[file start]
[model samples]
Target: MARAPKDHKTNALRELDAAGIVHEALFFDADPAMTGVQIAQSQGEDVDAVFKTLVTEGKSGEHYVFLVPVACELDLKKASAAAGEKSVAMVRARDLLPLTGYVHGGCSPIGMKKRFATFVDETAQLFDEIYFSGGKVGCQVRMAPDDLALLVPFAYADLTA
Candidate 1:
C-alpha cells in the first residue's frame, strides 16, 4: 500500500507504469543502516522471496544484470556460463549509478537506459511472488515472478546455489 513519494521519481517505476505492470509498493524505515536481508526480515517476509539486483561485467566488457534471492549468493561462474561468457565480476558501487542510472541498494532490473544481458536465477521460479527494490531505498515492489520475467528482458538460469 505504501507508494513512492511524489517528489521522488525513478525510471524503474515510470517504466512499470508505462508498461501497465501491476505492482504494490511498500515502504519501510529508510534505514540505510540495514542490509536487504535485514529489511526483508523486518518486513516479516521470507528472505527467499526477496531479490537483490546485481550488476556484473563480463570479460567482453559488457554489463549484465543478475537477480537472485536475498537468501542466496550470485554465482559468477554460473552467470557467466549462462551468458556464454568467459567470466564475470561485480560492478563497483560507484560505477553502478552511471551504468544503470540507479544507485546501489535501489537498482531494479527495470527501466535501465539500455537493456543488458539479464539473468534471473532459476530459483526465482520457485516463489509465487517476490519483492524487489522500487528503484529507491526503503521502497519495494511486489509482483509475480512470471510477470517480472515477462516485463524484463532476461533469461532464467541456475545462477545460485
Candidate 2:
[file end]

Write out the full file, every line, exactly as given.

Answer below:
[model samples]
Target: MARAPKDHKTNALRELDAAGIVHEALFFDADPAMTGVQIAQSQGEDVDAVFKTLVTEGKSGEHYVFLVPVACELDLKKASAAAGEKSVAMVRARDLLPLTGYVHGGCSPIGMKKRFATFVDETAQLFDEIYFSGGKVGCQVRMAPDDLALLVPFAYADLTA
Candidate 1:
C-alpha cells in the first residue's frame, strides 16, 4: 500500500507504469543502516522471496544484470556460463549509478537506459511472488515472478546455489 513519494521519481517505476505492470509498493524505515536481508526480515517476509539486483561485467566488457534471492549468493561462474561468457565480476558501487542510472541498494532490473544481458536465477521460479527494490531505498515492489520475467528482458538460469 505504501507508494513512492511524489517528489521522488525513478525510471524503474515510470517504466512499470508505462508498461501497465501491476505492482504494490511498500515502504519501510529508510534505514540505510540495514542490509536487504535485514529489511526483508523486518518486513516479516521470507528472505527467499526477496531479490537483490546485481550488476556484473563480463570479460567482453559488457554489463549484465543478475537477480537472485536475498537468501542466496550470485554465482559468477554460473552467470557467466549462462551468458556464454568467459567470466564475470561485480560492478563497483560507484560505477553502478552511471551504468544503470540507479544507485546501489535501489537498482531494479527495470527501466535501465539500455537493456543488458539479464539473468534471473532459476530459483526465482520457485516463489509465487517476490519483492524487489522500487528503484529507491526503503521502497519495494511486489509482483509475480512470471510477470517480472515477462516485463524484463532476461533469461532464467541456475545462477545460485
Candidate 2: